As a general rule, leaders tend to be high achievers. We like to set stretch goals for ourselves and strive for what we, or the all-knowing “experts in the field”, have identified as the ideal target, the emerging trend and/or the path to success in the future. That is not a bad thing per se . . . however in addition to measuring your performance against someone’s version of “the ideal”, it is also important to occasionally compare yourself to mere mortals. What exactly do I mean by that?
- Have you ever listened to a webinar or gone to a training session that promised to highlight “cutting edge strategies,” only to realize that you have been doing those things for some time?
- Perhaps you were concerned by the push for performance metrics, anxious that your outcomes would fall short, but discovered that you had more than enough data to meet expectations.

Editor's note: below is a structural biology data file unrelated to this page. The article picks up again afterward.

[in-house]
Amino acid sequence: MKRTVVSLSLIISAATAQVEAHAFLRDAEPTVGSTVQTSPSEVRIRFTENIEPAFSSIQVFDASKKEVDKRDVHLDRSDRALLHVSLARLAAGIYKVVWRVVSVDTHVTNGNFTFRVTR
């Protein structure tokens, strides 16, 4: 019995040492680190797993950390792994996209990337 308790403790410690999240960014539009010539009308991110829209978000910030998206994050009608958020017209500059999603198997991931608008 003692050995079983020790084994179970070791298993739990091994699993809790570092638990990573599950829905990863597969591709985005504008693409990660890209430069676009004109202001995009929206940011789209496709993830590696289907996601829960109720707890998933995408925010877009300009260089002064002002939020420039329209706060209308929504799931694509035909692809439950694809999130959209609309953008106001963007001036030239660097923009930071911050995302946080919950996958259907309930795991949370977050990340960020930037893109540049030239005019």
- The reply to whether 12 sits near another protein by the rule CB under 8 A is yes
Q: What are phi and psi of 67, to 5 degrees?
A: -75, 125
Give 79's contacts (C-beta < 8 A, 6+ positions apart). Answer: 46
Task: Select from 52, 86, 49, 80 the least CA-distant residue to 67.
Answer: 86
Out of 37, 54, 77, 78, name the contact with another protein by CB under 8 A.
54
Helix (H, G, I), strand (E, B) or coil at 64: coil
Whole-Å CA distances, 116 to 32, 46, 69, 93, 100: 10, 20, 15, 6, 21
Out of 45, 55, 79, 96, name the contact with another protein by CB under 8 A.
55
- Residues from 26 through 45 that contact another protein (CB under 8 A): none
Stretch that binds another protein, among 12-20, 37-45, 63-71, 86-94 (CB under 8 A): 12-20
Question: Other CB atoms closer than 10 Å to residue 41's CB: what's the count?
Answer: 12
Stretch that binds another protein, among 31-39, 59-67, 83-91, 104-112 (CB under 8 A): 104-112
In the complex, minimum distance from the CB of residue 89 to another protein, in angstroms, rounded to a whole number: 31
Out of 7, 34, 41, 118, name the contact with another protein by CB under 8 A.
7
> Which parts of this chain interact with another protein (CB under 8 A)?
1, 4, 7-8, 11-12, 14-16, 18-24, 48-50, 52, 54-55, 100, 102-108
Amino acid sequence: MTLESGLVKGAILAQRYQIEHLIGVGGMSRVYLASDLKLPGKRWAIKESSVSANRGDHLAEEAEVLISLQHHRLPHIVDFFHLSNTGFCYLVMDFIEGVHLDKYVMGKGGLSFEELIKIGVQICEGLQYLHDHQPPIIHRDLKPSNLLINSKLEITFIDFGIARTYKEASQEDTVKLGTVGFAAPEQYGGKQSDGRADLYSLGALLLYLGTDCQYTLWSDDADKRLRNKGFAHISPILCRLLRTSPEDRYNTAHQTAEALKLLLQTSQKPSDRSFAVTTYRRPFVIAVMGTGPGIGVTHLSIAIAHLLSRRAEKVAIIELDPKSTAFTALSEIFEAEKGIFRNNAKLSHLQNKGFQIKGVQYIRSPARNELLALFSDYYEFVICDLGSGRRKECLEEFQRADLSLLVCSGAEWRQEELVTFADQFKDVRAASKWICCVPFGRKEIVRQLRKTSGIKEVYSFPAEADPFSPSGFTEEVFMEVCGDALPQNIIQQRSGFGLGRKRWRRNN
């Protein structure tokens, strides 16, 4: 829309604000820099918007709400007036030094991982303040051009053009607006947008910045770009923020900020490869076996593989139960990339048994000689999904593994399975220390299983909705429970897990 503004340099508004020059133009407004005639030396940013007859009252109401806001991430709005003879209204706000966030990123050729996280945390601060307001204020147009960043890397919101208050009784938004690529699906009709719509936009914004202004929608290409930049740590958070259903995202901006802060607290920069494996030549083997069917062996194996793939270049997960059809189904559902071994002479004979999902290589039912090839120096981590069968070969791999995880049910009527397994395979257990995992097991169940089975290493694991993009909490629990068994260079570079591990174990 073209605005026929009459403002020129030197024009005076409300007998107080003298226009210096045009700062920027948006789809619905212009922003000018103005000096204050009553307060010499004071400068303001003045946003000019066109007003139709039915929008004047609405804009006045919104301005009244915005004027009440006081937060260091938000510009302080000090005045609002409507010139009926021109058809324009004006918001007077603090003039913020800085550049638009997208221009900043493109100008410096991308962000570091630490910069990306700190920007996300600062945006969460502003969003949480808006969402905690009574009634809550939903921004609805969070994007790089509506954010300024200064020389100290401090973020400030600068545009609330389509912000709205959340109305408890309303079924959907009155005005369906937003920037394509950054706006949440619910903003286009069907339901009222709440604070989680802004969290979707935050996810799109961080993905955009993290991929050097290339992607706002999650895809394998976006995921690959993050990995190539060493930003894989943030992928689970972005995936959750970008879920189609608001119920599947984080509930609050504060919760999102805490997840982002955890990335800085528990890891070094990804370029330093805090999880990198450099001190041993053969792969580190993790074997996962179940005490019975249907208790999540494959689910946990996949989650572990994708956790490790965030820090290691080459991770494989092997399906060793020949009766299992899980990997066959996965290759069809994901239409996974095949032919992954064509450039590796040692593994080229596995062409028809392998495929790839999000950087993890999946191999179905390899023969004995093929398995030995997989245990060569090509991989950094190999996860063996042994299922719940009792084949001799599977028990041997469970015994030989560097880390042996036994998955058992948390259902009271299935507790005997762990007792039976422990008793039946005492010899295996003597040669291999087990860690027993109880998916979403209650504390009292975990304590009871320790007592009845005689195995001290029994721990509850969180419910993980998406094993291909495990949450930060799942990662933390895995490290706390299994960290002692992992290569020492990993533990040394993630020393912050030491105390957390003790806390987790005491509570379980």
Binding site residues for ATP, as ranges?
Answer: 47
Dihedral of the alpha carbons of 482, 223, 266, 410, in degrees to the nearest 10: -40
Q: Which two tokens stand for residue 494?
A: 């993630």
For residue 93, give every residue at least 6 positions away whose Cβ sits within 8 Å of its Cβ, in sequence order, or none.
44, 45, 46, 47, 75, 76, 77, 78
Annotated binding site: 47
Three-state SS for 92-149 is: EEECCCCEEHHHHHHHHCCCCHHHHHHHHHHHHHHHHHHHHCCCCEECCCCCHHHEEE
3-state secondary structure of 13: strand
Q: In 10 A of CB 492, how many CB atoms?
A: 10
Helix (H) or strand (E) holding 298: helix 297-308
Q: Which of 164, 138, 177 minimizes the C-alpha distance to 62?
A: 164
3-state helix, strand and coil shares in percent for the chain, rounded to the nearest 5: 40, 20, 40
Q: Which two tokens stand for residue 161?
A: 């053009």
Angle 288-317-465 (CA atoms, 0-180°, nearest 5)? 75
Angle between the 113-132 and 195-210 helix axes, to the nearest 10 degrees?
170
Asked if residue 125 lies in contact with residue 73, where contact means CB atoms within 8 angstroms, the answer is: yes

- Maybe you were a bit intimidated by your perception of what a colleague had achieved and then learned that your accomplishments, while different, were certainly comparable.
You likely have your own examples. The point here is not that you should set your sights on a less lofty goal. Keep striving for the ideal, just don’t assume that everyone else is all that far in front of you. It is easy for some expert in a cozy office somewhere to tell you what you should be doing . . . sharing the advice with such confidence that it seems like everyone else must have it figured out. They don’t. So give yourself permission to quit measuring your performance against some imaginary perfect leader or organization. Of course, you shouldn’t overstate your place in the world either. That is why an occasional assessment of the progress of mere mortals is helpful.
A “mere mortal review” might light a fire under you if you are lagging behind. It might result in cutting yourself some slack if you are ahead of the game. At the very least, it will provide you with a more concrete and comparable sense of your performance in the real world. Once you have completed this check-up, please feel free to go back to striving for the ideal, setting the bar high and pushing to achieve more . . . because when you achieve more, you pave the way for all of us mere mortals to do the same.